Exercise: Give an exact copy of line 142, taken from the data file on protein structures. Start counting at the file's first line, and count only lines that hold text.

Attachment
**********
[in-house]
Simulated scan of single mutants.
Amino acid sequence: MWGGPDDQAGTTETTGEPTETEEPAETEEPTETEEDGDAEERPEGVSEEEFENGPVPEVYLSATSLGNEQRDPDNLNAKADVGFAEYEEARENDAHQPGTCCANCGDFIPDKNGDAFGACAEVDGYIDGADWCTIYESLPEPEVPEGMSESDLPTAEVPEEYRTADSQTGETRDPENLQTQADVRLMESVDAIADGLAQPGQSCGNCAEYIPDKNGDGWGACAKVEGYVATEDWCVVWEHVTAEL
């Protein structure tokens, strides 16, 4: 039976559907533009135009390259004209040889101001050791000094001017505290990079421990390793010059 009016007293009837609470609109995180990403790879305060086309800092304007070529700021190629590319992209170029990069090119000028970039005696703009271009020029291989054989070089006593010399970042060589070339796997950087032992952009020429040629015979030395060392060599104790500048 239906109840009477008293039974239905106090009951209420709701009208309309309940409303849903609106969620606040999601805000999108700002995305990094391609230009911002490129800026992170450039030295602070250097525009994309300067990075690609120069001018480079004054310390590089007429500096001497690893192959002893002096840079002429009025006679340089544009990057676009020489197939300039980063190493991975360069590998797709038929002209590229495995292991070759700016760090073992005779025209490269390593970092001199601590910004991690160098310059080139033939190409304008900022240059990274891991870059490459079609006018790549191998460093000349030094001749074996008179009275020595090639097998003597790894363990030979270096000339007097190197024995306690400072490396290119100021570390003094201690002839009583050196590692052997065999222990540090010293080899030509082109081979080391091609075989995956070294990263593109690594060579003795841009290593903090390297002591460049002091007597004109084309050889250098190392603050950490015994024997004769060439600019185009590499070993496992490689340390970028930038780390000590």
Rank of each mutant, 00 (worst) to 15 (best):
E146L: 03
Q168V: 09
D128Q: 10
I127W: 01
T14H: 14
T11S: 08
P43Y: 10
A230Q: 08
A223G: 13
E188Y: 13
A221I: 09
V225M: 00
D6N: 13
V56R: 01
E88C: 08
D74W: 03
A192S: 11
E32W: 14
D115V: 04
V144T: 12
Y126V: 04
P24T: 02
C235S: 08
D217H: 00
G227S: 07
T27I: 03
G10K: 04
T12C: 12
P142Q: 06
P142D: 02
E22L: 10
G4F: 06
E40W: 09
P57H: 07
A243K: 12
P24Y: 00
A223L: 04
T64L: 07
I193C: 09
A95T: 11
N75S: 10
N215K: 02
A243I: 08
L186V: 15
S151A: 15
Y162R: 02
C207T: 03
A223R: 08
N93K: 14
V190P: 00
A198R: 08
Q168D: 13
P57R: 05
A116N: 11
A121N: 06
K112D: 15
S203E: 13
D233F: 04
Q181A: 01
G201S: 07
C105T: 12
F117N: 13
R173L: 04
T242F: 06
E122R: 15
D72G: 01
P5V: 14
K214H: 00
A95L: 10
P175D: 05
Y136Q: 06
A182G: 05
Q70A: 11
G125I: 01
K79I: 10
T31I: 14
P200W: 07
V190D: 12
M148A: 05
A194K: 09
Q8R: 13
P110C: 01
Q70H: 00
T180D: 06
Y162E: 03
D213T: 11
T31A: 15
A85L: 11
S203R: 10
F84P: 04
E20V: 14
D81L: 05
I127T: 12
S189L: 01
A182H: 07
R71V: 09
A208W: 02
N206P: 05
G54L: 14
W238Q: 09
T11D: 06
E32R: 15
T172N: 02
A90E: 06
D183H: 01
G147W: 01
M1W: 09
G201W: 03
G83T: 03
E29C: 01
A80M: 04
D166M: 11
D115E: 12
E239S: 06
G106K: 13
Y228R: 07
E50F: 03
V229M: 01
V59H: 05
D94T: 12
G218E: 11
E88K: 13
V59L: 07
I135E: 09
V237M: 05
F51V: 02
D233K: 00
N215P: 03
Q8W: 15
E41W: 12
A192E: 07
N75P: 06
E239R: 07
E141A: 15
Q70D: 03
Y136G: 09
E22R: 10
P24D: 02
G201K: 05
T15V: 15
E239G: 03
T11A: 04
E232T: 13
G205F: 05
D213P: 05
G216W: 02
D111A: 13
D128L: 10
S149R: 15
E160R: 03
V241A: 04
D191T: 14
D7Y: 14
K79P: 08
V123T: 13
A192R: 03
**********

E22R: 10